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Boston, Ep. 11 (at AWP)

March 8, 2013 — In an AWP classic to remember, Literary Death Match's 7-Year Spectacular — presented by Painted Bride Quarterly & Brookline Booksmith — threw caution to the win, and cupcakes, too as the wild finale featured finalists Andre Dubus III and Sarah Shun-lien Bynum in Cupcake Shootout that Dubus won by a "George Saunders soul patch," winning the LDM Boston, Ep. 11 at AWP crown!

But before the finale was even a consideration, the night shot off to a brilliant start with Thomas Sayers Ellis, author of Skin, Inc. (and a Whiting Writers' Award winner/co-founder of The Dark Room Collective) who used a saxophonist accompaniment as he kung-fu-maneuvered through his crowd-enthralling poetics. Next up was Andre Dubus III, New York Times best-selling author of House of Sand and Fog, who rocked up to the mic and delivered a perfectly-tenored excerpt about being arrested from his staggeringly good new Townie: A Memoir

The mic was then handed over to the night's trio of all-star judges: Parul Sehgal (editor at The New York Times Book Review), Tony Hoagland (author of What Narcissism Means to Me and a National Book Critics Circle finalist), and Boston comedian Steve Macone (The Onion contributor and New Yorker cartoonist). The three traded quick quips, and heaped on gobs of praise before they huddled and decided, by the narrowest of margins, that it would be Dubus III who would advance as the night's first finalist. 

After a booze-fueled intermission, Round 2 kicked off with Sarah Shun-lien Bynum (author of Ms. Hempel ChroniclesNational Book Award & Pen/Faulkner finalist; and a New Yorker 20 Under 40) who delivered a quietly-said coming-of-age short story excerpt about the power of radio that had the audience in throes of wonder. Finally, it was Amelia Gray (author of Threats and Museum of the Weird, a Dylan Thomas Prize long-listee) who had just been announced as a Pen/Faulkner finalist. She read a two-narrator piece that featured motorcycles, dictators, and the crowd whooping with delight when it was said and finished.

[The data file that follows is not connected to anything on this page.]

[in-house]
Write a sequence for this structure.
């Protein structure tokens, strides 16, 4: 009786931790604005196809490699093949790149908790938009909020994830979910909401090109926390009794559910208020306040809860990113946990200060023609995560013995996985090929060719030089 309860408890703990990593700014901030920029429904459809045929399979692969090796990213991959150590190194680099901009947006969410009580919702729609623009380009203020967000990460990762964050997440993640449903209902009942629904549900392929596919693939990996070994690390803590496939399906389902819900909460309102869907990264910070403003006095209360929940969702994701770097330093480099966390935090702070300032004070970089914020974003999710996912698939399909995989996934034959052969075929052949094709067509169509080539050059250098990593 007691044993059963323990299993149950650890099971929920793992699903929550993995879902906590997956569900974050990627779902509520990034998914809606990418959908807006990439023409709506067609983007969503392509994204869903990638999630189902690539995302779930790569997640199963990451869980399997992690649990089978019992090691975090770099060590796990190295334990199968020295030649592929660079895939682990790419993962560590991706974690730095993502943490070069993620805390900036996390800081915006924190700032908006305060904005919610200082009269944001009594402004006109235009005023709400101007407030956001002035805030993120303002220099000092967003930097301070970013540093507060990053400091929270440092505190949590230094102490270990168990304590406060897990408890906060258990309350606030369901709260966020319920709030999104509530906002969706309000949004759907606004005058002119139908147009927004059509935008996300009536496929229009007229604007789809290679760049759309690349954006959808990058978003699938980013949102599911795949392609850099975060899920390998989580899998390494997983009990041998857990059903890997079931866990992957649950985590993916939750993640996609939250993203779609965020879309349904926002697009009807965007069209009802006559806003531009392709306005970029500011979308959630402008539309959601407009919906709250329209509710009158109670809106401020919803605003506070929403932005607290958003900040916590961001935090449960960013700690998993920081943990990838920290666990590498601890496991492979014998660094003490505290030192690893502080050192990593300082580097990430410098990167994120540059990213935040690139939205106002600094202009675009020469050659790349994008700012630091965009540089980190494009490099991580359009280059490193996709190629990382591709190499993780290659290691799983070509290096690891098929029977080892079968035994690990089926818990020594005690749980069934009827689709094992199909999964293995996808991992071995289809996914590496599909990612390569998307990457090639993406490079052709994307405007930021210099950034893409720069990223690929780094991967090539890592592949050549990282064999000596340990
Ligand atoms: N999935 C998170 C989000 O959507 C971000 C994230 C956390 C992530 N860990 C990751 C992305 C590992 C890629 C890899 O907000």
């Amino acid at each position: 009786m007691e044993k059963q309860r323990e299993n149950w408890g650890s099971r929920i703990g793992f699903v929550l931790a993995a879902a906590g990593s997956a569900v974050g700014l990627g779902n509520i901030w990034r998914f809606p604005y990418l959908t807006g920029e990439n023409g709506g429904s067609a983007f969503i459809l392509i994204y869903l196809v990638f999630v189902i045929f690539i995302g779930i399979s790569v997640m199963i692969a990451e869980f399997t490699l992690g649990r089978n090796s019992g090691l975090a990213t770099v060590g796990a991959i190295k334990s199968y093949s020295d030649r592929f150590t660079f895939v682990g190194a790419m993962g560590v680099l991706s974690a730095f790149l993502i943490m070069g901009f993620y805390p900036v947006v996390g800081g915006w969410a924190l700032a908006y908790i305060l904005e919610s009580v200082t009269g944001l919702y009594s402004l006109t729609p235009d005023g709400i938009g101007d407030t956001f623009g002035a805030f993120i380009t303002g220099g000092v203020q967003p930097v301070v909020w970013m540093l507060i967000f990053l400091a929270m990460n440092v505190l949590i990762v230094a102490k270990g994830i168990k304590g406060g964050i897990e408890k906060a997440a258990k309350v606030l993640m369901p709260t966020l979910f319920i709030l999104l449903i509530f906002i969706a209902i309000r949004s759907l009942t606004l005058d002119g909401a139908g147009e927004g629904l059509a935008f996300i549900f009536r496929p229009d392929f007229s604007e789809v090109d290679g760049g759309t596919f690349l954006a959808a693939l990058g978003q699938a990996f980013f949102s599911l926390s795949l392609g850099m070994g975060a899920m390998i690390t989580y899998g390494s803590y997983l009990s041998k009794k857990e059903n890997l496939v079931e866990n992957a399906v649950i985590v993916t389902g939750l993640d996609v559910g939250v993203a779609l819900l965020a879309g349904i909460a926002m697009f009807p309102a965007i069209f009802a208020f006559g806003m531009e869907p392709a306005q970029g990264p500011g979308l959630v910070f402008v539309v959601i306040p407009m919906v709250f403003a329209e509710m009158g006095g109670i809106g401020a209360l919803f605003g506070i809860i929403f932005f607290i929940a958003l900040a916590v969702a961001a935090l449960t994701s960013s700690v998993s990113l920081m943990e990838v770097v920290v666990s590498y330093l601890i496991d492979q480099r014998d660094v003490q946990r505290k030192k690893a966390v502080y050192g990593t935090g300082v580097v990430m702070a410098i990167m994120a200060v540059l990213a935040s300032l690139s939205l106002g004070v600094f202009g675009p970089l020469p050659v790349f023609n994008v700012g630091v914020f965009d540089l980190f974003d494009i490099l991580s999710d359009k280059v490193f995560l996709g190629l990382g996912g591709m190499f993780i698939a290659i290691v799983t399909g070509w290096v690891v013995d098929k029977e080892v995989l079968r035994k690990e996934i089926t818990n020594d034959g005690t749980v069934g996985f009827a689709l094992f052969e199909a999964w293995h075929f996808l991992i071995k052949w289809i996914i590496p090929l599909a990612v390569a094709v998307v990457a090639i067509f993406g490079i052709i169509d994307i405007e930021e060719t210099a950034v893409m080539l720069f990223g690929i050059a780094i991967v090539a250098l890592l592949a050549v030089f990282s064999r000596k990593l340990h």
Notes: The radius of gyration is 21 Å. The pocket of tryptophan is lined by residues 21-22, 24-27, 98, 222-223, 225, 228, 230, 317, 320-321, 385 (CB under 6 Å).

Again the judges were center stage, and faced with the night's second impossible decision, they announced that it would be Bynum who would advance as the second finalist. 

LDM creator Adrian Todd Zuniga then hopped on stage, and presented a poster of his co-favorite author: George Saunders, singing praises about Saunders' latest: The Tenth of December. Both Bynum and Dubus III were then handed a set of three cupcakes, one vanilla, the other chocolate. The two then traded tosses of the cupcakes — with a volunteer thrower in the mix for good measure. The goal: to have their icing color closest to Saunders' mouth. After three throws, Dubus III's wicked cutter outmatched Bynum's daunting slider, and he was declared champion, given the LDM Boston, Ep. 11 medal, and literary immortality was all his. 

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Reader Comments (1)

It's taken me a month, but really enjoyed my first Literary Death Match in Boston and finally posted about the experience on my blog:

Looking forward to seeing it on TV!


April 11, 2013 | Unregistered CommenterSherri Cook Woosley

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